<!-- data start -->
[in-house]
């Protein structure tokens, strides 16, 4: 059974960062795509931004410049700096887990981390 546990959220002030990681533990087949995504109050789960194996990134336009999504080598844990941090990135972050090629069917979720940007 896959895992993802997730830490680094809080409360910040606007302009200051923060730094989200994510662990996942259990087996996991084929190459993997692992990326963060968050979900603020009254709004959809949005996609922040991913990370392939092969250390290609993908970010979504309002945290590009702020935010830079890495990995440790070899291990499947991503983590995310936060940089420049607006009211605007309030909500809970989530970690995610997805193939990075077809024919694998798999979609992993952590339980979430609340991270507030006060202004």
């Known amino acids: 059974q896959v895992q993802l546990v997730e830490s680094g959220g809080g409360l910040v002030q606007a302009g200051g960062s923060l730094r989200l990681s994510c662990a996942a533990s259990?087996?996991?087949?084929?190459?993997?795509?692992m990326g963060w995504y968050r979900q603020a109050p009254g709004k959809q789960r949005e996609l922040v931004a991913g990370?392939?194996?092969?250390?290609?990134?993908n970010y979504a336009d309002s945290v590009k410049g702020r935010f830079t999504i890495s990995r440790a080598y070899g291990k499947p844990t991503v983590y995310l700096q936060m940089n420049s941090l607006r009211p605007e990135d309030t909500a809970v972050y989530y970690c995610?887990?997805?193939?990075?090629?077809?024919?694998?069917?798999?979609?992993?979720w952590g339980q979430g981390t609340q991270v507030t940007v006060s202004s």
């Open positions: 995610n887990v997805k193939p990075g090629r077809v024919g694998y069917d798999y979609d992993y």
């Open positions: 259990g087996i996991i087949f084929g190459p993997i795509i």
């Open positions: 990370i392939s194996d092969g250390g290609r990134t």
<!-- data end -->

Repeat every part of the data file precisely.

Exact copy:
[in-house]
């Protein structure tokens, strides 16, 4: 059974960062795509931004410049700096887990981390 546990959220002030990681533990087949995504109050789960194996990134336009999504080598844990941090990135972050090629069917979720940007 896959895992993802997730830490680094809080409360910040606007302009200051923060730094989200994510662990996942259990087996996991084929190459993997692992990326963060968050979900603020009254709004959809949005996609922040991913990370392939092969250390290609993908970010979504309002945290590009702020935010830079890495990995440790070899291990499947991503983590995310936060940089420049607006009211605007309030909500809970989530970690995610997805193939990075077809024919694998798999979609992993952590339980979430609340991270507030006060202004």
């Known amino acids: 059974q896959v895992q993802l546990v997730e830490s680094g959220g809080g409360l910040v002030q606007a302009g200051g960062s923060l730094r989200l990681s994510c662990a996942a533990s259990?087996?996991?087949?084929?190459?993997?795509?692992m990326g963060w995504y968050r979900q603020a109050p009254g709004k959809q789960r949005e996609l922040v931004a991913g990370?392939?194996?092969?250390?290609?990134?993908n970010y979504a336009d309002s945290v590009k410049g702020r935010f830079t999504i890495s990995r440790a080598y070899g291990k499947p844990t991503v983590y995310l700096q936060m940089n420049s941090l607006r009211p605007e990135d309030t909500a809970v972050y989530y970690c995610?887990?997805?193939?990075?090629?077809?024919?694998?069917?798999?979609?992993?979720w952590g339980q979430g981390t609340q991270v507030t940007v006060s202004s």
């Open positions: 995610n887990v997805k193939p990075g090629r077809v024919g694998y069917d798999y979609d992993y």
């Open positions: 259990g087996i996991i087949f084929g190459p993997i795509i």
């Open positions: 990370i392939s194996d092969g250390g290609r990134t």